The meaning of the Constitution and the selection of judges.

Author:See, Harold
Position:Symposium: The Role of the Judge in the Anglo-American Tradition
 
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  1. INTRODUCTION

    In the ongoing debate over the best method for choosing judges, the focus has been on the perceived drawbacks of judicial election without commensurate consideration of either the advantages of popular elections or the disadvantages of the commission system--usually styled the "Missouri plan" or "merit selection." One such consideration is the means of defining the judicial power.

  2. THE AGE OF THE EXPERT

    A hallmark of the Progressive Era was its emphasis on the expert. Frederick Winslow Taylor concluded his introduction to The Principles of Scientific Management by stating that, although he aimed his book especially at engineers and manufacturers:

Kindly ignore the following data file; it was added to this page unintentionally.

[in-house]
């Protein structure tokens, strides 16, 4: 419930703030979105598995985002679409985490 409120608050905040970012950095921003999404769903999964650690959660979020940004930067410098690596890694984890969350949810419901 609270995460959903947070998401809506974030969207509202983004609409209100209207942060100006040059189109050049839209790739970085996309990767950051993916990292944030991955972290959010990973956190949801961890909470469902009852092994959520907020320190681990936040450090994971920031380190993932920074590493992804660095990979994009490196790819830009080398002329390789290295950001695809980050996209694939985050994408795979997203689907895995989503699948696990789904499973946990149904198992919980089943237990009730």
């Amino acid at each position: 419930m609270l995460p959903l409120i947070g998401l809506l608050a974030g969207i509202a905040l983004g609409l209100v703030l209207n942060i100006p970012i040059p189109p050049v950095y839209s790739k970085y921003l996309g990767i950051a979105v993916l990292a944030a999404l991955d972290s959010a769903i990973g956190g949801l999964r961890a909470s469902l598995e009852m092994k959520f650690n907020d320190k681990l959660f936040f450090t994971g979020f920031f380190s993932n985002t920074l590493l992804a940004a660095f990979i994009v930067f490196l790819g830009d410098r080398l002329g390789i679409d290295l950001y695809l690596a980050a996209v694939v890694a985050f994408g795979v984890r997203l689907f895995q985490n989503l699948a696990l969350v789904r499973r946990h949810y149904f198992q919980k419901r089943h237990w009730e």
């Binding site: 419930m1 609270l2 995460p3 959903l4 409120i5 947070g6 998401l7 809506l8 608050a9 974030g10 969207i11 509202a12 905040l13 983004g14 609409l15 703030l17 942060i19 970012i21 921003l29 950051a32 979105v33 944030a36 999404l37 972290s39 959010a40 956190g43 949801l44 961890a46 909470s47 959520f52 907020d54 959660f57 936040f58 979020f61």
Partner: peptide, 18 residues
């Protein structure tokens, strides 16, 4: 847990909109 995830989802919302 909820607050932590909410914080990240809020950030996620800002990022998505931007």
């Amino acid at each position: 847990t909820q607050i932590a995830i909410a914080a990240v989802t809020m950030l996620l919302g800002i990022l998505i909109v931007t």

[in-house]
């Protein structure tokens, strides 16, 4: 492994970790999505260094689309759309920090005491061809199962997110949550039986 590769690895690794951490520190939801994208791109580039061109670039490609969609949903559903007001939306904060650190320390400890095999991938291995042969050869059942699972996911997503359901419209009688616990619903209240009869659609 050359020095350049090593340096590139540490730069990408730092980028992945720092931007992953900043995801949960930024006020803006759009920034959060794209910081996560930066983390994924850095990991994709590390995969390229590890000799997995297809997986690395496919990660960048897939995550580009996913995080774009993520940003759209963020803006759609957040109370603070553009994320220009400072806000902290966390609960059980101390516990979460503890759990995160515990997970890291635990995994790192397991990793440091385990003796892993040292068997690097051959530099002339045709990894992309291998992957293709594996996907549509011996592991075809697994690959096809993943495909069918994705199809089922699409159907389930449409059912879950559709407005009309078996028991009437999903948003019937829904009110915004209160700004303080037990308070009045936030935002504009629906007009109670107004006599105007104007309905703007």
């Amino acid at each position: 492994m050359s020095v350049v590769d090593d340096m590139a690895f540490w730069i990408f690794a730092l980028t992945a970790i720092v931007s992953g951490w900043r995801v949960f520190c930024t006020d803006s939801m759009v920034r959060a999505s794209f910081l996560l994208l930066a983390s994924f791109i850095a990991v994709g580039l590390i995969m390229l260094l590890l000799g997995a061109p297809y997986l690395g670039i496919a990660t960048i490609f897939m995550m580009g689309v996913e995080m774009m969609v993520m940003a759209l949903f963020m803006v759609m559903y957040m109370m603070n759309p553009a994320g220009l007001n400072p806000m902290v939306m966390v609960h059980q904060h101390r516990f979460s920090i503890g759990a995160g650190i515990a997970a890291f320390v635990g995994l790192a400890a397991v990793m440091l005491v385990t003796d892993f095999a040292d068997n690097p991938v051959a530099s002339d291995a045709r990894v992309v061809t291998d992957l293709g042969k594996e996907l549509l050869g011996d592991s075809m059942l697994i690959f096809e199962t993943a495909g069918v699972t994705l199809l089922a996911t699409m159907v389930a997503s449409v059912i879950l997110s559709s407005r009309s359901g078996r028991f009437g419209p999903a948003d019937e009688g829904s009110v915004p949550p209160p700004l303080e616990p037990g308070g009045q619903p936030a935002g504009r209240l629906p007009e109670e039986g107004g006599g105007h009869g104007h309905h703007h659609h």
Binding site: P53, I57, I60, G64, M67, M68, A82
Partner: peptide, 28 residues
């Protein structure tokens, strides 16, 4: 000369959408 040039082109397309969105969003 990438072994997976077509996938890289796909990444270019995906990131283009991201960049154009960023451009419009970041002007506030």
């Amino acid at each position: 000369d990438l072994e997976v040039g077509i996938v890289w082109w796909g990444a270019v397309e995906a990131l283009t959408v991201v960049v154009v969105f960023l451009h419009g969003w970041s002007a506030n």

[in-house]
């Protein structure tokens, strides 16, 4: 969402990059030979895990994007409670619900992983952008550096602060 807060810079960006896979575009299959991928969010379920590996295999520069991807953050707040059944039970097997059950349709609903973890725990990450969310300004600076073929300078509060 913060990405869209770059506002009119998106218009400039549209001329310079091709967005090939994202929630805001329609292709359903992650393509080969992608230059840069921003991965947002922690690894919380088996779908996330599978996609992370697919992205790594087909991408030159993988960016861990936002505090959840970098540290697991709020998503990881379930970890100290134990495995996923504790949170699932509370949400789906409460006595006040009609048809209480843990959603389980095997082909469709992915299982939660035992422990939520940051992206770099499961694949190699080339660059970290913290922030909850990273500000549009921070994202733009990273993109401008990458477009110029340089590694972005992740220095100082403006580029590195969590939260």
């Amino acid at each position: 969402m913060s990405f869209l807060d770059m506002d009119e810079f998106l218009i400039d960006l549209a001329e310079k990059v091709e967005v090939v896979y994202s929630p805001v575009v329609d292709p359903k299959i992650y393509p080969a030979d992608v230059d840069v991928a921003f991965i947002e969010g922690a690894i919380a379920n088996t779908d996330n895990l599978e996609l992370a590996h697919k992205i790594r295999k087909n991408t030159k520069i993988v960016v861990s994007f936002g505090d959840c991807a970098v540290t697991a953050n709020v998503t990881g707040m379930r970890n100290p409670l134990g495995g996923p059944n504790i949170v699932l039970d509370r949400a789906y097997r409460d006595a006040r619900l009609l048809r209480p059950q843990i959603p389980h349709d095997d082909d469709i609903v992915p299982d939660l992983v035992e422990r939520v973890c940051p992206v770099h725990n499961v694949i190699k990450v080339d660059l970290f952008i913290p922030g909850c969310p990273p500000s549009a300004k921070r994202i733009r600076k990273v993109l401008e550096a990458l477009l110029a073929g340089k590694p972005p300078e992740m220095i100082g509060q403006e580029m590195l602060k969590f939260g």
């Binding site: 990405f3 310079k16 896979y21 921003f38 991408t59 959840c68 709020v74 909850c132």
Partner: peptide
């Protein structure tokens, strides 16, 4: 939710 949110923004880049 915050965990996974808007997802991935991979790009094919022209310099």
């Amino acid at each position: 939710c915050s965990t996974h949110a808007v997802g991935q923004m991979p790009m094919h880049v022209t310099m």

It is hoped... that it will be clear to other readers that the same principles can be applied with equal force to all social activities: to the management of our homes; the management of our farms; the management of the business of our tradesmen, large and small; of our churches, our philanthropic institutions, our universities, and our governmental departments. (1) Albert Wiggam stated that "[t]here should be technologists in control of every field of human need and desire--in politics, in business, industry, education, religion, ethics, philosophy, charity, law, health, labor, employment; above all, in sociology, which is simply the application of the sciences to human life and destiny." (2) Popular author and consultant Edward Earle Purinton stated in his Efficiency Question Box column of the Independent, a Progressive Era publication, that "[f]he efficiency response to almost any situation... was to seek expert advice." (3)